There are frequently complaints bandied about by the usual suspects about the horrendous subsidies for renewable energy, along with claims that renewables would die without them. It’s worth looking at the state of energy subsidies in the US in that context.
There are a set of increasing numbers that are worth considering. Congressional research puts the minimum number at $4.6 billion annually. An NRDC G7 annual analysis puts the number at $27.4 billion annually. An IMF full accounting including negative externalities related to health and global warming puts it at $649 billion annually.
The United States, unlike many countries, doesn’t have a direct consumption subsidy for fossil fuels, which is what some defenders of the industry use as the basis of their false claim that there are no subsidies. The International Energy Agency tracks direct consumption subsidies in material it publishes annually, and the United States doesn’t show up in that list. Iran, Saudi Arabia, and China lead the pack in terms of those subsidies, but China is tracking well in terms of reducing subsidies across the energy space, including on fossil fuels.
And it’s also worth noting that nuclear generation also has permanent tax code breaks worth $1.6 billion annually as well. That excludes the insurance liability cap on nuclear plants which the United States taxpayer is on the hook for in the case of a Fukushima- or Chernobyl-scale incident. Anything over $13 billion is the responsibility of the US government, hence taxpayers. Since Fukushima’s total economic costs are likely to be closer to a trillion USD than not if everything is counted in, $13 billion doesn’t look like a lot.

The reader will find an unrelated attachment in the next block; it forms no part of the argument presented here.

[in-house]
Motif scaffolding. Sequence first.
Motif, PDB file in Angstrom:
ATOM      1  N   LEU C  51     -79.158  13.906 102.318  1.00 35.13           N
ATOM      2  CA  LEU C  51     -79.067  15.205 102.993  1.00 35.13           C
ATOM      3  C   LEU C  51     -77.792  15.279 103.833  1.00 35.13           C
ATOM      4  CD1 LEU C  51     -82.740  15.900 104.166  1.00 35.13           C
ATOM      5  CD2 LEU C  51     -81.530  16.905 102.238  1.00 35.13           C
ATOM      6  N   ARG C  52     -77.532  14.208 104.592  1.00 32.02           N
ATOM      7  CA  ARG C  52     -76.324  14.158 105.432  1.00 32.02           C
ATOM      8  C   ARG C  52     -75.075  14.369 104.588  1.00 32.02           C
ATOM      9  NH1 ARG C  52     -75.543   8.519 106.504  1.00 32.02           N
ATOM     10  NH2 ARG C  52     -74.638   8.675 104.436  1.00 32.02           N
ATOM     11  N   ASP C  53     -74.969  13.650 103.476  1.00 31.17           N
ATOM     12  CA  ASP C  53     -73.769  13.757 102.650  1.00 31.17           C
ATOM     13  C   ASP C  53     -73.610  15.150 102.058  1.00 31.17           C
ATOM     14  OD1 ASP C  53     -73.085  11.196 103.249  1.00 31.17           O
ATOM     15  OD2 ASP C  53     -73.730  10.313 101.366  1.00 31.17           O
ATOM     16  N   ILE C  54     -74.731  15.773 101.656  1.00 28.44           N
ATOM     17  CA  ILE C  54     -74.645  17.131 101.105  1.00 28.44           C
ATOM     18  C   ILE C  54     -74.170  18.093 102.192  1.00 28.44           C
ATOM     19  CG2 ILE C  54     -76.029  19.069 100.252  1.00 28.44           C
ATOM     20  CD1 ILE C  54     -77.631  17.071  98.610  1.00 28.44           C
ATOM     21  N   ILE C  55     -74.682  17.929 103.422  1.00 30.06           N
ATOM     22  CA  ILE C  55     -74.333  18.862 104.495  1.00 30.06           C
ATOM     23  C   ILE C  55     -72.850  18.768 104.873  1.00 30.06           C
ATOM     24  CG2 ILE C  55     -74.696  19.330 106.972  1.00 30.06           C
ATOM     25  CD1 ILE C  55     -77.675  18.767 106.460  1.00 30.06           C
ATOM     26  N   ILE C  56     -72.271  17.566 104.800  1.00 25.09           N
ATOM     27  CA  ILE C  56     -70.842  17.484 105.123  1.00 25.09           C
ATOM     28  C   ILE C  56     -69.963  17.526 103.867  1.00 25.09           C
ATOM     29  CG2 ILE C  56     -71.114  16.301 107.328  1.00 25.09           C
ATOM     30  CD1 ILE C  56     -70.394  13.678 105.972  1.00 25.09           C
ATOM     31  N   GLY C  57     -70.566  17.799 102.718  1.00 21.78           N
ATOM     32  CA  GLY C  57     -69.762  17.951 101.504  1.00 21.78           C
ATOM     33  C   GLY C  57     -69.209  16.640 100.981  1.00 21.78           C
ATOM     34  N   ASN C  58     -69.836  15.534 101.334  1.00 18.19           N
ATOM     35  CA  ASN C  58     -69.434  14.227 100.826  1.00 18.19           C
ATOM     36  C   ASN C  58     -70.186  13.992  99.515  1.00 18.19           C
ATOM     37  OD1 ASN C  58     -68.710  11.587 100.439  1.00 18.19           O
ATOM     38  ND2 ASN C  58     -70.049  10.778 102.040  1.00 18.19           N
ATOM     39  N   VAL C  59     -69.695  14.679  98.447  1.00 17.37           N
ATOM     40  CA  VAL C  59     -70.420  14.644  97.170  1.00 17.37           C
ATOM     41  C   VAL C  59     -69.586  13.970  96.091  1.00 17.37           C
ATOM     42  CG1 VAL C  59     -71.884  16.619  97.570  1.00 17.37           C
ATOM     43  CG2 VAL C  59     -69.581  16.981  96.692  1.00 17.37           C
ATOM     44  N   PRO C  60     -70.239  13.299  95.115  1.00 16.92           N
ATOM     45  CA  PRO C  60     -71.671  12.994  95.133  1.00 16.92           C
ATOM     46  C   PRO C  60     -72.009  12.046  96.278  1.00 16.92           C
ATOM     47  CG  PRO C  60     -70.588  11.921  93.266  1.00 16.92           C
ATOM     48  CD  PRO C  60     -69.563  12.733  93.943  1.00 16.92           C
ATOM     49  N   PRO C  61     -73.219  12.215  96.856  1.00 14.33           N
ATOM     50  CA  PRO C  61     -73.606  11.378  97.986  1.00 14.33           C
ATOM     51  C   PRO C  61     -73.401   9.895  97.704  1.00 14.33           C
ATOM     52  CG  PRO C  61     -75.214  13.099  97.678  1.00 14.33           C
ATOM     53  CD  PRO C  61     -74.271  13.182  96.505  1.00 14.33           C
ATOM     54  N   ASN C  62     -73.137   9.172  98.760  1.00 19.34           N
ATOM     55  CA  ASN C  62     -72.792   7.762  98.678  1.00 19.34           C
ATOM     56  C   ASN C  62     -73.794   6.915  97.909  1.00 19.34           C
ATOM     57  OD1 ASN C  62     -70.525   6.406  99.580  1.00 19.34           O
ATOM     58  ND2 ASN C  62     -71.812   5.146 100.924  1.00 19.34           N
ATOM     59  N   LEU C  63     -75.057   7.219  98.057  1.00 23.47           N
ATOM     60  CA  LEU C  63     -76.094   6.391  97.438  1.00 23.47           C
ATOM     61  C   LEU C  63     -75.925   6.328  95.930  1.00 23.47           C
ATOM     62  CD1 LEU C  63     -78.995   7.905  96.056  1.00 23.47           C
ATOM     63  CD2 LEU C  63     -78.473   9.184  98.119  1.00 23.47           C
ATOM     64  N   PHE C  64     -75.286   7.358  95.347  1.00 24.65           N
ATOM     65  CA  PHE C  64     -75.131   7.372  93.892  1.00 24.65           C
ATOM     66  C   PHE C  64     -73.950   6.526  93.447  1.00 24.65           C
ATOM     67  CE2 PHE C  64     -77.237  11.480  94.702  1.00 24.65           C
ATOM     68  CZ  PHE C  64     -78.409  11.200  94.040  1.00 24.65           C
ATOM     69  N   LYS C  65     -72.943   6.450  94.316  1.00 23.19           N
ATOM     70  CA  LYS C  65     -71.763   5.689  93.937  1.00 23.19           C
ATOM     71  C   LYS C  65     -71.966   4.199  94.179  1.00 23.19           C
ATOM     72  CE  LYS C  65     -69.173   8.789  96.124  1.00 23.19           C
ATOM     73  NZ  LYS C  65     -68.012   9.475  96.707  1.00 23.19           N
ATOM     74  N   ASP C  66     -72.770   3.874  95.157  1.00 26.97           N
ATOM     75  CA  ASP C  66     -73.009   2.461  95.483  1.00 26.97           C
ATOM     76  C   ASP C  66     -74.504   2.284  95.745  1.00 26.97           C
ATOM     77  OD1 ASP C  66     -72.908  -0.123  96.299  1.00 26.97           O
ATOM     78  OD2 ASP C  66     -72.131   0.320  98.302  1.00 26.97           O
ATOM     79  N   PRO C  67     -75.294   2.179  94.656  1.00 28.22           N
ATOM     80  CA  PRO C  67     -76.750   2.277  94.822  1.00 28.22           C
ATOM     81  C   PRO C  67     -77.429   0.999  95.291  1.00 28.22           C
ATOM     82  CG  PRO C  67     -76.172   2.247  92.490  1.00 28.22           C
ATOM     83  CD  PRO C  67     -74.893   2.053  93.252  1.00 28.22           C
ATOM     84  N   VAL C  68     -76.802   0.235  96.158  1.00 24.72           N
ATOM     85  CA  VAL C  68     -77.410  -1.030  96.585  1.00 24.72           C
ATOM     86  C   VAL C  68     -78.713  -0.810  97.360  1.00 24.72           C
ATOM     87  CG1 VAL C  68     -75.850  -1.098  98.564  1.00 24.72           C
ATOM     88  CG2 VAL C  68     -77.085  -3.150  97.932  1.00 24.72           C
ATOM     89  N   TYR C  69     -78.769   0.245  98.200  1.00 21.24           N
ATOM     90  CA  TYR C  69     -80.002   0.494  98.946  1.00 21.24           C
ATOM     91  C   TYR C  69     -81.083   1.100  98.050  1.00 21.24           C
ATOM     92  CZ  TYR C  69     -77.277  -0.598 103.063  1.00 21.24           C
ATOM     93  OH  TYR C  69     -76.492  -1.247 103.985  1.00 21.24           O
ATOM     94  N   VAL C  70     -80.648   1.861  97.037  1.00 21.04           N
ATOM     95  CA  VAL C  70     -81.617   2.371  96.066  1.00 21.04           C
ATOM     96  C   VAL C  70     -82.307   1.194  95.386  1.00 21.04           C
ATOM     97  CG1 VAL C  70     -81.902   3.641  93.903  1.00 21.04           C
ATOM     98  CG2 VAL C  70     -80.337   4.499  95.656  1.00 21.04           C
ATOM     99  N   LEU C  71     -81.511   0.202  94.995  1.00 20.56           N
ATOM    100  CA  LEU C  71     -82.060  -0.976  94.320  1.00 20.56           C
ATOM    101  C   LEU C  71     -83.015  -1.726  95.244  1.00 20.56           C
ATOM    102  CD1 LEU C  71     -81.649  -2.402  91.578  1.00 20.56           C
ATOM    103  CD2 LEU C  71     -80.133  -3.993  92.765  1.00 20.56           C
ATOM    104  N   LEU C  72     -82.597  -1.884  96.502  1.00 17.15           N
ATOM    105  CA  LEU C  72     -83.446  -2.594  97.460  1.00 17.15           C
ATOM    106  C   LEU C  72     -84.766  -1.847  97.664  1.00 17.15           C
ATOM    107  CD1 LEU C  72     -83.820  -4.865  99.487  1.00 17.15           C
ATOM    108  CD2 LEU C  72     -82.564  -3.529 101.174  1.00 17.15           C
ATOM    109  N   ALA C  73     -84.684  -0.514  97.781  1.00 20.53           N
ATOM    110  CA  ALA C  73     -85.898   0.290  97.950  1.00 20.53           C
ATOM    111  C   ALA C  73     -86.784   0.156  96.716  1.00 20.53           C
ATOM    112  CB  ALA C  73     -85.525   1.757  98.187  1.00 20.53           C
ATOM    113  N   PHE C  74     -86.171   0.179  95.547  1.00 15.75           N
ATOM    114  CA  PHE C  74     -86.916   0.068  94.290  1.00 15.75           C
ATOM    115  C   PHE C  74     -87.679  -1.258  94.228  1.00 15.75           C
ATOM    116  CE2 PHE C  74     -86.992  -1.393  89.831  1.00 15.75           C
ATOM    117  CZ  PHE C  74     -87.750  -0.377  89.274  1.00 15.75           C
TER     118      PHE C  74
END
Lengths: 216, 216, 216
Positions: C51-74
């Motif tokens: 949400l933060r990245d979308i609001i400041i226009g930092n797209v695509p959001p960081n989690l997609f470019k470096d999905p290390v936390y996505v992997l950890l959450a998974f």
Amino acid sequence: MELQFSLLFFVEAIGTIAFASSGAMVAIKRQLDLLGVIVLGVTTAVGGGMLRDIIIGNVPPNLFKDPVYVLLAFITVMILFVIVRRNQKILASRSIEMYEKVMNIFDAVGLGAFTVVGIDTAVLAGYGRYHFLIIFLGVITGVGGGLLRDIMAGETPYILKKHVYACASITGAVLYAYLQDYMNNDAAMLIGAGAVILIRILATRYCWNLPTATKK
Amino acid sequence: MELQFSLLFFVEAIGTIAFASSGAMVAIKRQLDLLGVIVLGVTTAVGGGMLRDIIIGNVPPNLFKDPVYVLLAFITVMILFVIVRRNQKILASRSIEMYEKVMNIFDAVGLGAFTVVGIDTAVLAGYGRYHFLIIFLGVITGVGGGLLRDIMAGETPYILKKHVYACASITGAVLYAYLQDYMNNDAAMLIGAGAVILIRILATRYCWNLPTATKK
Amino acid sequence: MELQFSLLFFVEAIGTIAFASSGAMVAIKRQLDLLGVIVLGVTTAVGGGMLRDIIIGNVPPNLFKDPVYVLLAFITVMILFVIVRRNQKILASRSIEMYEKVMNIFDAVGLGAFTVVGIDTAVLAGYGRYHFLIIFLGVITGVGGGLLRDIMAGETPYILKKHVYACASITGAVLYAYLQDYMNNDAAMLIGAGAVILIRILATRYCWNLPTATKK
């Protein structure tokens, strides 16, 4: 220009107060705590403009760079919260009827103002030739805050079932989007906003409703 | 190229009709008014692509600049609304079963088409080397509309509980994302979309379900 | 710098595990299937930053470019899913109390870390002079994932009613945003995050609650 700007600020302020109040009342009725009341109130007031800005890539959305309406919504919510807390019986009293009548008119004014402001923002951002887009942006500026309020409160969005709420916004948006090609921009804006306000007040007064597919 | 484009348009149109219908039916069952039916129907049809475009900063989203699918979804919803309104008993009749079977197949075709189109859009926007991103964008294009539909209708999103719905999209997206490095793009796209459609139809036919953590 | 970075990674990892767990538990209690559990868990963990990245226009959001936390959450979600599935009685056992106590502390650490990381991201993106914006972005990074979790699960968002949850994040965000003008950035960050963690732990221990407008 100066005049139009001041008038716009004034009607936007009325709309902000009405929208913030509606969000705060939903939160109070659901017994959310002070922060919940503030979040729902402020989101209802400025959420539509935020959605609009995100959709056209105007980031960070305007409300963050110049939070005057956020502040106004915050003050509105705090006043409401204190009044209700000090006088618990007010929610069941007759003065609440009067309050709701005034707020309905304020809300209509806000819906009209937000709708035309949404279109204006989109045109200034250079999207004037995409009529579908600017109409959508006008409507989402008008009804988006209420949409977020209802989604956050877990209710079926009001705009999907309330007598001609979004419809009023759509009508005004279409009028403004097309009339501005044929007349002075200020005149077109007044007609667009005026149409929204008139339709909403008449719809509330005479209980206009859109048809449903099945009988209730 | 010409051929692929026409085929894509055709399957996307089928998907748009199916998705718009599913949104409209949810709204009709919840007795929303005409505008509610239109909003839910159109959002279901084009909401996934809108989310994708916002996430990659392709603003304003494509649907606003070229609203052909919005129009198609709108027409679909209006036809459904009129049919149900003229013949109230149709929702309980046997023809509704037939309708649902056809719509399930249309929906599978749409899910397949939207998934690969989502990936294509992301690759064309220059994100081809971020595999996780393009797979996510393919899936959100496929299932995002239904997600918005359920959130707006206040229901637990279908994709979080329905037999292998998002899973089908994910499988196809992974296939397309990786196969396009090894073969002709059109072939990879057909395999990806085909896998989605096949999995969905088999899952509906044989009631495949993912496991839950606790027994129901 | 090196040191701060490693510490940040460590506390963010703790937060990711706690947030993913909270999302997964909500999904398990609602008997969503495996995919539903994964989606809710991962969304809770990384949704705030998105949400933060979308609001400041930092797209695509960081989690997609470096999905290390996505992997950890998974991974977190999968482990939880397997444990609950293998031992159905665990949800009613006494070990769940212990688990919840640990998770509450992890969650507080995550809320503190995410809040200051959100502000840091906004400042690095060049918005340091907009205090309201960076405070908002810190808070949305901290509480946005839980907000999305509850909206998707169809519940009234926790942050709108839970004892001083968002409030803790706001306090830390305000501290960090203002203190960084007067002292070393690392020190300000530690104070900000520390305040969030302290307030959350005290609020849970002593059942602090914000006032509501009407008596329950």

Without subsidies, fossil-based fuels and energy would be unaffordable but at the end of the day, the taxpayer still pays. If renewable energy could garner $649 billion I suppose it could quickly solve the energy storage problem it still faces. The time comes when you must start shifting funds towards future energy generation sources to ensure they grow and become sustainable. Otherwise, we'd all be stuck with 1950's technology still today!
#fossilfuel US Subsidizes Fossil Fuels To The Tune Of $4.6, $27.4, Or $649 Billion Annually, Depending On Source
In 2022, new wind energy will get zero financial assistance of any kind and new solar will get very little, while fossil fuels will continue to get $4.6 billion annually in the best possible accounting, $27.4 billion in a reasonable accounting and $649 billion in a full accounting including negative externalities.